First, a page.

There's not a knitted doily in sight

Julie Aschkenasy previews the Chelsea Crafts Fair
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Indy Lifestyle Online
If the term "crafts fair" conjures up a picture of home-made jams, sludge-coloured pots and knitted doilies, then it's certainly misleading in this case. The Chelsea Crafts Fair, which starts on Tuesday, is Britain's most prestigious, showing the work of some of our most talented craftspersons, or "makers" as they prefer to be called.

Two hundred and twenty five of them will show at this year's fair, and these have been whittled down from 900 original applicants. The craftspeople are of all ages and backgrounds, and work with almost anything - glass, ceramics, wood, leather, textiles, papier-mache or metal. The unifying factor is that they make the goods they sell.

Morris Latham, head of sales development at the Crafts Council, which organises the fair, says: "The word crafts relates to the production of the work. The fair is different from other design shows in that the exhibitors all make and display their own work, as opposed to having things manufactured."

Professional buyers come from all over the world for the fair. But it is not a trade fair, and last year 20,000 members of the public came, aware that you would be hard pressed to find a better place to buy original and imaginative Christmas presents.

Chelsea Crafts Fair, Chelsea Old Town Hall, King's Road, London SW3. It runs 10-15 Oct and 17-22 Oct, 10am-8pm Tues-Fri, 10am-6pm Sat, Sun. Exhibits are changed after the first week. pounds 7 for one entry each week, pounds 5 a single ticket. Price includes a catalogue. Further information from the Crafts Council on 0171-278 7700.

Claire Underwood Silversmith

Claire Underwood makes silver objects decorated with brightly coloured enamel. Prices start at pounds 34 for small ear studs to pounds 570 for the perfume bottle right. She is exhibiting in the second week

My favourite pieces to make are perfume bottles. I love the shape, the idea of completely free form without having the interruption of a base, lines that ought to be there but disrupt the shape. I also make half spheres that just roll around. I particularly enjoy making larger one-off pieces which are decorative rather than functional as you have less restrictions.

My love for primary colours comes from Africa where my parents lived. I use enamel because it has special qualities, a bit like precious stone; it is also very traditional.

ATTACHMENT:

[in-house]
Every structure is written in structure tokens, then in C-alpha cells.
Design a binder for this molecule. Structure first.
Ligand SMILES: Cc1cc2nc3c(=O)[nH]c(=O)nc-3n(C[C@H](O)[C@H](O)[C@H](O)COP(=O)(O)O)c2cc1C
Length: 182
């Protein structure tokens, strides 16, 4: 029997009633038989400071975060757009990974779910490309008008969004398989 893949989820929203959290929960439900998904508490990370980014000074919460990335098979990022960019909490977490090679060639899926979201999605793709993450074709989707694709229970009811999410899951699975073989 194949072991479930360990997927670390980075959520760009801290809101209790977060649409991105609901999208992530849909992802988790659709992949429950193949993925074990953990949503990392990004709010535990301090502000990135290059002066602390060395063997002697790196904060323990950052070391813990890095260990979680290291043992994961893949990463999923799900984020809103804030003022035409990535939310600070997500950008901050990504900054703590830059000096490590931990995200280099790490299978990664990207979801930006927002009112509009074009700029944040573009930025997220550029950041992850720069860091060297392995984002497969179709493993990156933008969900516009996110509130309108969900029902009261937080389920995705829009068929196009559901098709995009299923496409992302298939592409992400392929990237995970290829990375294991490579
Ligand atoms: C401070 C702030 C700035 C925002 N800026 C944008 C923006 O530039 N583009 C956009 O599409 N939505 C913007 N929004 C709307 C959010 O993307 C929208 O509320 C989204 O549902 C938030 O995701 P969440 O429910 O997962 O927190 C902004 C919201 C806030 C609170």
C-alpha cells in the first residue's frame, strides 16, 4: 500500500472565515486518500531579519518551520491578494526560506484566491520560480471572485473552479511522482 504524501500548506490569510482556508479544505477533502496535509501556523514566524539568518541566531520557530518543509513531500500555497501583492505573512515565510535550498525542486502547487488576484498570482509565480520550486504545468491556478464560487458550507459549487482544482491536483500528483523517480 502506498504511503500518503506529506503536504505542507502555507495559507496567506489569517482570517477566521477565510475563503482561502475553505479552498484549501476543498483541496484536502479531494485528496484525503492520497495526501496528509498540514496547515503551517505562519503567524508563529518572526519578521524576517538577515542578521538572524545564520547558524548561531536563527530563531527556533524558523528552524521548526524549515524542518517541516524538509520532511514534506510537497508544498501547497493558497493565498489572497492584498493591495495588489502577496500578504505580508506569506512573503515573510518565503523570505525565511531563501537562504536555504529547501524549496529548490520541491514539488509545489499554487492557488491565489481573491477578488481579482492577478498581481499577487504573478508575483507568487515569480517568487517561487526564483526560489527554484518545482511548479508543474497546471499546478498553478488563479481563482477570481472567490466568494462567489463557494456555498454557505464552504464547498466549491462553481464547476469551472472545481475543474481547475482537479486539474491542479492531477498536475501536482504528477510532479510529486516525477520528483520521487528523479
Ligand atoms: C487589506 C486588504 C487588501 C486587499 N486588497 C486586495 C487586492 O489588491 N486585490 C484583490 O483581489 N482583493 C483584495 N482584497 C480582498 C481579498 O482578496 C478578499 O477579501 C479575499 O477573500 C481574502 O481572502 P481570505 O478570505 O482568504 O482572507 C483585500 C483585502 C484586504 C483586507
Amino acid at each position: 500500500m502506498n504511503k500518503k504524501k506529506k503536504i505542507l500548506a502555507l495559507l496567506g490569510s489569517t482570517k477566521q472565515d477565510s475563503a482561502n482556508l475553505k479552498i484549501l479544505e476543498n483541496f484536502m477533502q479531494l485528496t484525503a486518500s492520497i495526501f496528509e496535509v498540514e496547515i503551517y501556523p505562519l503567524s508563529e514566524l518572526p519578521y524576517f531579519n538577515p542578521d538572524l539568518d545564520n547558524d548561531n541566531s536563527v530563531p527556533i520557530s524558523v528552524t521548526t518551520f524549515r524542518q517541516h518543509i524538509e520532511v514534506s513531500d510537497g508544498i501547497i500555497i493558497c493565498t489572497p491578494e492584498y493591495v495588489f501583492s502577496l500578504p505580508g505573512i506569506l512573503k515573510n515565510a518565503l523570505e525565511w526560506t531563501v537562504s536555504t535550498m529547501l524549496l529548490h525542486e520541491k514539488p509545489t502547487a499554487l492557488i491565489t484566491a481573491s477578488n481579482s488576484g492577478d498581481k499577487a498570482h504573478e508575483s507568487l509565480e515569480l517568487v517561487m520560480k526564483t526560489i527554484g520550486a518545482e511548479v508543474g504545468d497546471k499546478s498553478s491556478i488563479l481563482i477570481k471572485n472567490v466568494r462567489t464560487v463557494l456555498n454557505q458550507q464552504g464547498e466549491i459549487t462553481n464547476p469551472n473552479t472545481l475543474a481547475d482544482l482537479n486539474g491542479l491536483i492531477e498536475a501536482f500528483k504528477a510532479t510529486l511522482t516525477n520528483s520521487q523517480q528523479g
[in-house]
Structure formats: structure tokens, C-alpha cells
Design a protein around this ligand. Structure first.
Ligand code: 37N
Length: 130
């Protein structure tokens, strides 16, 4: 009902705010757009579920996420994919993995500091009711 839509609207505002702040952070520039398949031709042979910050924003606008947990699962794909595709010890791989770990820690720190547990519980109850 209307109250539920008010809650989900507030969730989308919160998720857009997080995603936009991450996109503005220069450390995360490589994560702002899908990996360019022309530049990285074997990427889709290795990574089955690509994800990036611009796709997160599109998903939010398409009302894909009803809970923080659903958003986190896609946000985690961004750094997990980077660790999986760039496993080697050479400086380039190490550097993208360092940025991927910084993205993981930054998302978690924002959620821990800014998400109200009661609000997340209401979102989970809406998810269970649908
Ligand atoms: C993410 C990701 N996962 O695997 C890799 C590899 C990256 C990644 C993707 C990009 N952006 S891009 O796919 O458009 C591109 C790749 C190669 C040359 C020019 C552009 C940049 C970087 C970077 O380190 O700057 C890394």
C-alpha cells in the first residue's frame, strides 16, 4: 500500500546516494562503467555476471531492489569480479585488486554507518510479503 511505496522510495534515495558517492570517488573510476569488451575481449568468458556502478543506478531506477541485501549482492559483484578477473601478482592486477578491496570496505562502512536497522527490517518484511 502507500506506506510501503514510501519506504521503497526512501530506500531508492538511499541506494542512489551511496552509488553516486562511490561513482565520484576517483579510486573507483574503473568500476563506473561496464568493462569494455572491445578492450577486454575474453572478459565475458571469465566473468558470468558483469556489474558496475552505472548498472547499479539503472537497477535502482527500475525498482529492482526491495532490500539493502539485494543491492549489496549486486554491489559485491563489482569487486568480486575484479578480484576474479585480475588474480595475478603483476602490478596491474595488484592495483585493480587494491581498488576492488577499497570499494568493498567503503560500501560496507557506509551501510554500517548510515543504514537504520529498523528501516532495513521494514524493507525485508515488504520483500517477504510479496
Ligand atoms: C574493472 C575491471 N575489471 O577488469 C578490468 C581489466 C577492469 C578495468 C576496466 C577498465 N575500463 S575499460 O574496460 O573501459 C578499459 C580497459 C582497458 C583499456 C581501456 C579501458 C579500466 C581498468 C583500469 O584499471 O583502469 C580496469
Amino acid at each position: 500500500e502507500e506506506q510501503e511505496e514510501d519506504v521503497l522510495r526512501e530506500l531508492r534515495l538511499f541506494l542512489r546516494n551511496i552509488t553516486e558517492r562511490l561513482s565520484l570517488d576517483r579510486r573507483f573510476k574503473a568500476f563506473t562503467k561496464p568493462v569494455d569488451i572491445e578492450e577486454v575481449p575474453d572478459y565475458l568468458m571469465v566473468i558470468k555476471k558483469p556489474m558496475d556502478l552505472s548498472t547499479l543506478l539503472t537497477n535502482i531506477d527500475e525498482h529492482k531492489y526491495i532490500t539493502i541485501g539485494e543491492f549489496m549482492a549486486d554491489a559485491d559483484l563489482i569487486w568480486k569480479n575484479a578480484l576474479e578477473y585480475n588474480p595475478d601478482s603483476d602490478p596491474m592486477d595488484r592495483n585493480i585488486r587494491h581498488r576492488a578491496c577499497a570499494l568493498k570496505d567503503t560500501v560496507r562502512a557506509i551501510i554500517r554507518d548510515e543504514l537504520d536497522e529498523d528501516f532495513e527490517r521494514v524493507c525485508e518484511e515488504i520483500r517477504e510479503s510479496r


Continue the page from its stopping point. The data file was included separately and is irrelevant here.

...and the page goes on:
My most successful sellers are egg cups and spoons. People buy them for christening presents. I get a very good reaction from people because they are jolly and fun to look at. The only downside is that sometimes people don't realise the work that is involved. Enamel is very work-intensive. So it's not particularly cheap.

My biggest piece at the show will be a pot, about five inches high, quite fat and rounded, in red enamel with yellow spots.

Nicola Henshaw Woodworker

Nicola Henshaw makes carved wooden animals, each with a function and many with a humorous twist. Prices range from pounds 100 to pounds 1,500. The pine tortoise table, above, costs pounds 900. She will be exhibiting in the first week.

I have made three of these tortoise coffee tables. I kept one for myself. Mine doesn't have eggs, this one is a female. Each is different - I would never have got the same expression twice. The idea came from an African fable, "Why the Tortoise is Taboo", about a sea turtle who wants to become a land animal. He comes out of the sea and a bird hops on his back to give him guidance. He complains so much to the bird that it flies off. It didn't get a chance to learn how to be a land creature properly, which is why it is so slow.

I like to give an element of surprise. A bird might have an egg inside. Geese and ducks turn into tables. Peacocks have outstretched wings that make benches.

My childhood in Africa was a huge influence on my work. For inspiration I also visit the V&A and the British Museum, and I read people like Roald Dahl and Vikram Seth.

I only do animals, I couldn't do humans.

Loretta Braganza Ceramicist

Loretta Braganza makes groups of ceramic pots with iridescent over-painting. Prices from pounds 80. She is exhibiting in the second week

I use my pots as a canvas for paint, building up a pattern using coloured slips. This gives them a very subtle yet warmly coloured iridescent look. The pots look very tactile but it's a trick of the eye - they are actually very smooth.

I work in family groups so that the shapes relate and can be sold as groups or individually. People tell me that my work looks both ancient and futuristic. It looks old because the surface pattern appears as if hewn from rocks, and futuristic because of the tight, controlled, clean shapes and the surreal element of flatness and roundness.

Many of my pots have been influenced by shapes of cooking vessels from my childhood in India. I am also working on a series of round and flat refined pebble shapes for the Craft Fair. They have tiny mouths facing upwards at an angle - pots that would skim water.

I came to ceramics late. I trained as a graphic artist before moving through painting and sculpting. All the disciplines seem fused together in my pots.

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